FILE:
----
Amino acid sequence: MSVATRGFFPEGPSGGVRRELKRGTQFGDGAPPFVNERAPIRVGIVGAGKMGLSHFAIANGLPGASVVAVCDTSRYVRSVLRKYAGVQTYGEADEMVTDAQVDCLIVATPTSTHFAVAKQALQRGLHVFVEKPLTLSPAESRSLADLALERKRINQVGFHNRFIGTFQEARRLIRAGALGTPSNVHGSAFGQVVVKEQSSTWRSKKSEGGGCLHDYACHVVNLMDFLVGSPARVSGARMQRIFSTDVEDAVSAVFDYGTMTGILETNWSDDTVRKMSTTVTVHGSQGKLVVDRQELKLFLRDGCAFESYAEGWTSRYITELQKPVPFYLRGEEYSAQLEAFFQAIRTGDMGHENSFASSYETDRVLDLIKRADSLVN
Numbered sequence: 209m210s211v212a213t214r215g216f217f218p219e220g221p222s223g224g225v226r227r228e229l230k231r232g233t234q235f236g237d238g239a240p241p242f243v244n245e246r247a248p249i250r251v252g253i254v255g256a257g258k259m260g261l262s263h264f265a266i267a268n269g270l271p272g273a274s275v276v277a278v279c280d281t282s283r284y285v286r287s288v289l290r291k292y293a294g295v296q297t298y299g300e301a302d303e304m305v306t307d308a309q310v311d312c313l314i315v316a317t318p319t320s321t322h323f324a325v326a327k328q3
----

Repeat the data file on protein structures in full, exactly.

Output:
Amino acid sequence: MSVATRGFFPEGPSGGVRRELKRGTQFGDGAPPFVNERAPIRVGIVGAGKMGLSHFAIANGLPGASVVAVCDTSRYVRSVLRKYAGVQTYGEADEMVTDAQVDCLIVATPTSTHFAVAKQALQRGLHVFVEKPLTLSPAESRSLADLALERKRINQVGFHNRFIGTFQEARRLIRAGALGTPSNVHGSAFGQVVVKEQSSTWRSKKSEGGGCLHDYACHVVNLMDFLVGSPARVSGARMQRIFSTDVEDAVSAVFDYGTMTGILETNWSDDTVRKMSTTVTVHGSQGKLVVDRQELKLFLRDGCAFESYAEGWTSRYITELQKPVPFYLRGEEYSAQLEAFFQAIRTGDMGHENSFASSYETDRVLDLIKRADSLVN
Numbered sequence: 209m210s211v212a213t214r215g216f217f218p219e220g221p222s223g224g225v226r227r228e229l230k231r232g233t234q235f236g237d238g239a240p241p242f243v244n245e246r247a248p249i250r251v252g253i254v255g256a257g258k259m260g261l262s263h264f265a266i267a268n269g270l271p272g273a274s275v276v277a278v279c280d281t282s283r284y285v286r287s288v289l290r291k292y293a294g295v296q297t298y299g300e301a302d303e304m305v306t307d308a309q310v311d312c313l314i315v316a317t318p319t320s321t322h323f324a325v326a327k328q3